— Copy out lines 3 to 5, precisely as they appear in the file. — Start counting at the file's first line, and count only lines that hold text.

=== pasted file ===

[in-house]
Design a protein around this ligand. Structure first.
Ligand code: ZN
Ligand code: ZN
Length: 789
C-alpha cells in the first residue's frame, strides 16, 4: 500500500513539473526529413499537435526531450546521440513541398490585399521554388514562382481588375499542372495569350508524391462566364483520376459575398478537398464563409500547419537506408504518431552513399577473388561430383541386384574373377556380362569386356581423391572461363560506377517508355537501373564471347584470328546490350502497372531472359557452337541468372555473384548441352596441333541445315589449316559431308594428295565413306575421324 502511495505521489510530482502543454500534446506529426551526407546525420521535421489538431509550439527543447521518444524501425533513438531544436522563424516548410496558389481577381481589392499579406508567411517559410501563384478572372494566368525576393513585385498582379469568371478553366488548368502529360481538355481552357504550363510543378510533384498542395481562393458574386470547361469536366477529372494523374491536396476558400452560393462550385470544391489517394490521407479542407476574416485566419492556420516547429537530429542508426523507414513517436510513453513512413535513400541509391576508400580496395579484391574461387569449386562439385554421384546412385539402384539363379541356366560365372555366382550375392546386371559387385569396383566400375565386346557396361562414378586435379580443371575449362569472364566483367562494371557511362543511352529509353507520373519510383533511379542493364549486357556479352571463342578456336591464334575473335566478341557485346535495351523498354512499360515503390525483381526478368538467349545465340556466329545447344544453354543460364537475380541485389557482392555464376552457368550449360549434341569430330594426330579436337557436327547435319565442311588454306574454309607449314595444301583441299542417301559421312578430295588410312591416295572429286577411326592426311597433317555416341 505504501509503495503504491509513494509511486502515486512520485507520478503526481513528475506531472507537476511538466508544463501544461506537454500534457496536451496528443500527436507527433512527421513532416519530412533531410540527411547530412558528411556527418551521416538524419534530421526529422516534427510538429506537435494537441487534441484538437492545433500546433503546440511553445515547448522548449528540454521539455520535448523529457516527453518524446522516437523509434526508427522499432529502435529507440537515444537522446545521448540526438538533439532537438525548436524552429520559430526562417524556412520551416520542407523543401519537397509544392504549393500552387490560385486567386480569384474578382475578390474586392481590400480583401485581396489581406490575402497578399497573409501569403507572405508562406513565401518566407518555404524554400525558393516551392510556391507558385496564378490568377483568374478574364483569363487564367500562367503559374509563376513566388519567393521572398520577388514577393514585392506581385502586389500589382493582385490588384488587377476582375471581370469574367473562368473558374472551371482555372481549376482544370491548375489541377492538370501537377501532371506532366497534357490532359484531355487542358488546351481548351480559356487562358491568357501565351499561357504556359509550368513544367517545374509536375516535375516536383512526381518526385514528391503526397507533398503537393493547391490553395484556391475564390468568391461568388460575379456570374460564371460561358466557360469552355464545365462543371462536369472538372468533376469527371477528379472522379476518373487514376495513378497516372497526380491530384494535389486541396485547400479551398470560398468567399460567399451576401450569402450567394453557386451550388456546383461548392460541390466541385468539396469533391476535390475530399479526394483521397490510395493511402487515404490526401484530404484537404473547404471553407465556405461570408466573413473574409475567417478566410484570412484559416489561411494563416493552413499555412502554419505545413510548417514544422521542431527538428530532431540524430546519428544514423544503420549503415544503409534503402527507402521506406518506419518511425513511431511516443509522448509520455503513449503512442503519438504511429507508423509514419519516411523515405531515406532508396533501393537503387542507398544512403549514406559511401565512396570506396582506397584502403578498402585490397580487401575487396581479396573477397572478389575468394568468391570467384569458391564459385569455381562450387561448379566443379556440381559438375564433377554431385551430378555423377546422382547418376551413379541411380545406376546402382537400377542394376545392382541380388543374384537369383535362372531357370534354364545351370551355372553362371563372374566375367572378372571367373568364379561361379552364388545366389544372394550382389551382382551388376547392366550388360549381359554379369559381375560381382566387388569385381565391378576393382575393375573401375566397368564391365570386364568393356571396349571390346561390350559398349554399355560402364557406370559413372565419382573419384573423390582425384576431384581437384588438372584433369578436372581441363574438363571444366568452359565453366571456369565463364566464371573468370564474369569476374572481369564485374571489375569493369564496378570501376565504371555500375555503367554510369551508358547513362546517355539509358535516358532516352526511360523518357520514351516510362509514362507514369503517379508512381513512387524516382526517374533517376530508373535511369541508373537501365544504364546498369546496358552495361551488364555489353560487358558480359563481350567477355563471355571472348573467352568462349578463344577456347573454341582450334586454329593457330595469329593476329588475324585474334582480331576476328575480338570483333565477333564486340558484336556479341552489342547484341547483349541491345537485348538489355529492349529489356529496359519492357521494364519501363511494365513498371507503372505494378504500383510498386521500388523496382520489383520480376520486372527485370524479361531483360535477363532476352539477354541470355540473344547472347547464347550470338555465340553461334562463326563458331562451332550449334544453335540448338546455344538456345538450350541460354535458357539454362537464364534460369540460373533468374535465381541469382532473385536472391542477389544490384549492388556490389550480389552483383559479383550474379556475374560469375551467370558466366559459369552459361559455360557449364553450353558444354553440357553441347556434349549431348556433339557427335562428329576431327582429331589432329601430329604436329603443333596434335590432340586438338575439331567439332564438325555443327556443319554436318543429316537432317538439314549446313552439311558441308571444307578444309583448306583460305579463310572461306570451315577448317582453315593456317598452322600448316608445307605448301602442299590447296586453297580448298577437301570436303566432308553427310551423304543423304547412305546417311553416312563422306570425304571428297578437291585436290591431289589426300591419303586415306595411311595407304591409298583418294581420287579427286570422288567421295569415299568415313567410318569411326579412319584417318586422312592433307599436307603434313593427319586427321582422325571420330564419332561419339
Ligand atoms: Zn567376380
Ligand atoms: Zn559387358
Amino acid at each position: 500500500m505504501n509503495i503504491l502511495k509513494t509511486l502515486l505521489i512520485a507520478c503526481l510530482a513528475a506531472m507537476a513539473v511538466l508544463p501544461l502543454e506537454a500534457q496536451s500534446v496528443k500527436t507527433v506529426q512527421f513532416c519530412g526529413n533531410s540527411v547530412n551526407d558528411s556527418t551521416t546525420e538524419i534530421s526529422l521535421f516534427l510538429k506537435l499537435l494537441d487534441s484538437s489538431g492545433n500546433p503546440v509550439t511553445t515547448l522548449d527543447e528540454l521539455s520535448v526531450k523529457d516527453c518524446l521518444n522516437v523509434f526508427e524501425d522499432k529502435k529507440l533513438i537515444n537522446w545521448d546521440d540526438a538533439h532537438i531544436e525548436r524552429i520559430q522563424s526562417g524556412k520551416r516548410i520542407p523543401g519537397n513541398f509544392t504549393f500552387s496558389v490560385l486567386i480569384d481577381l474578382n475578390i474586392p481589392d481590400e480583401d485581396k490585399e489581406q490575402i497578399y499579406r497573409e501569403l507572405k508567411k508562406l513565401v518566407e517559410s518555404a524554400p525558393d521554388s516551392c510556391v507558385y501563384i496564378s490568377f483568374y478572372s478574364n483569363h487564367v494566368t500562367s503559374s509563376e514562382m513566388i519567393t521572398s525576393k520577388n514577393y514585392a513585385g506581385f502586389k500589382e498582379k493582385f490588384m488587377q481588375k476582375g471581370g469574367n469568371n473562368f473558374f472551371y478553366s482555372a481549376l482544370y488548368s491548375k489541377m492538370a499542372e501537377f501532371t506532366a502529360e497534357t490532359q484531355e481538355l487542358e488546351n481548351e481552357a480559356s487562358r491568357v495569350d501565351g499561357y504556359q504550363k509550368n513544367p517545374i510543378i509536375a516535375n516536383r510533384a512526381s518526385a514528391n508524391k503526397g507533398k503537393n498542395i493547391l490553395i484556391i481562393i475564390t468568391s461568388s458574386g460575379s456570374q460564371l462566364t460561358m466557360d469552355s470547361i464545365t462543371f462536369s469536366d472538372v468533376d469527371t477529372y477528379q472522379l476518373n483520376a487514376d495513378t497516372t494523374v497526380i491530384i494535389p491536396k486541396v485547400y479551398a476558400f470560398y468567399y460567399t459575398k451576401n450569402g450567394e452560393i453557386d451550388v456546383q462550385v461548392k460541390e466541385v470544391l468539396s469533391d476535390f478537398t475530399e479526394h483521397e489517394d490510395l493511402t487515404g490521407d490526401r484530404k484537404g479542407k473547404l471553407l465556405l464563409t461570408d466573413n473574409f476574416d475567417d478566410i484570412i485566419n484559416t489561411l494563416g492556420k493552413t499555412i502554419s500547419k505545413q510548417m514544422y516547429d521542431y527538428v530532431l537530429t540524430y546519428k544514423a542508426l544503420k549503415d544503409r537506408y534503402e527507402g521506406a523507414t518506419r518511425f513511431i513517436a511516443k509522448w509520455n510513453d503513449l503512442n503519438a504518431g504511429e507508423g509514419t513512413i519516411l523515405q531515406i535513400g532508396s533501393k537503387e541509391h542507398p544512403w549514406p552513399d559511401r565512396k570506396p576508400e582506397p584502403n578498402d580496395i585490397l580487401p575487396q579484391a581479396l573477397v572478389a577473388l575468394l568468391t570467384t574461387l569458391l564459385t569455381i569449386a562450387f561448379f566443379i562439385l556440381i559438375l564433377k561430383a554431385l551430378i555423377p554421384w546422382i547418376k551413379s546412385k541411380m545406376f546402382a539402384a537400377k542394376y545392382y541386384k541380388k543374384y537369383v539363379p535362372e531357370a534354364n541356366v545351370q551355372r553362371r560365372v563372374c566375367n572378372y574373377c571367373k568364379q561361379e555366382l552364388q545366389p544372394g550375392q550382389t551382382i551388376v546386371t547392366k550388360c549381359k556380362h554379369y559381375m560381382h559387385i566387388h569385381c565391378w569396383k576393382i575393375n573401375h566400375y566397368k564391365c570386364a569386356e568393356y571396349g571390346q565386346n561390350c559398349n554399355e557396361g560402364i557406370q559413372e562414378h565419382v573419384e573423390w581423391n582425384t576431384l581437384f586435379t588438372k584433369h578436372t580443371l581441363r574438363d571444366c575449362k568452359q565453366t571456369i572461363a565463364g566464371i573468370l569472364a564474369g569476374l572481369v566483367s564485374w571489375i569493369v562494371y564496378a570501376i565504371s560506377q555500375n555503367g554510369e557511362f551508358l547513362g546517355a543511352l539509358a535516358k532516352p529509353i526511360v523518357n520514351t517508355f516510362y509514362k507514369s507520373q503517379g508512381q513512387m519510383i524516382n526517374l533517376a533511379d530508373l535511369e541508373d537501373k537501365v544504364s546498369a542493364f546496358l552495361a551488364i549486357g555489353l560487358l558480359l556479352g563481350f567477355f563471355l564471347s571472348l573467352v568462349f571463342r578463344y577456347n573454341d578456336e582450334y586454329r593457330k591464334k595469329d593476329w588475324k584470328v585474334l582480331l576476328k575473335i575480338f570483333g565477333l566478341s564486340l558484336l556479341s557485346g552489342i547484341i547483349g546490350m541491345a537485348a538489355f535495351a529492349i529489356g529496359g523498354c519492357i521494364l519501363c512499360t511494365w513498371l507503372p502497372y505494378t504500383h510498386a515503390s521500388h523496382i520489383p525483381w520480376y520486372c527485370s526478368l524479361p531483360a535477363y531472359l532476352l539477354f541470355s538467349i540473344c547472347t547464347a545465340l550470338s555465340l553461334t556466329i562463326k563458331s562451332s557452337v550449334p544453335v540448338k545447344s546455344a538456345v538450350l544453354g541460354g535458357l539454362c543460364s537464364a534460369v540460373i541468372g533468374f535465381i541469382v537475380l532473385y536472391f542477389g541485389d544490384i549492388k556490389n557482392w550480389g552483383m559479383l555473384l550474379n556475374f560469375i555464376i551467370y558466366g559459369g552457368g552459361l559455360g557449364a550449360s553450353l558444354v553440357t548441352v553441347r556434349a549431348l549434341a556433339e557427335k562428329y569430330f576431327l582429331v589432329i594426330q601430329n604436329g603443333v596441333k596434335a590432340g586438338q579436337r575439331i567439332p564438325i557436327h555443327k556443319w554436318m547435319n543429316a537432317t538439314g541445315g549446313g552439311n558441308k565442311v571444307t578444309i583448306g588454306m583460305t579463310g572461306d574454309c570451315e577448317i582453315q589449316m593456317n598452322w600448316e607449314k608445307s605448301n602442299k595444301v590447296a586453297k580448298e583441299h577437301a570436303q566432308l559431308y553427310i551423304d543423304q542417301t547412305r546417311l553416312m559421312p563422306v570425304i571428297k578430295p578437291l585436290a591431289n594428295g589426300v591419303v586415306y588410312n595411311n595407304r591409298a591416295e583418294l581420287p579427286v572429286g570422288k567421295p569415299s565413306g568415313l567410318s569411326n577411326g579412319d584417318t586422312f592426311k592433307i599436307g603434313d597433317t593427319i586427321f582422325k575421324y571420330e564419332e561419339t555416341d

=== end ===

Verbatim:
Ligand code: ZN
Ligand code: ZN
Length: 789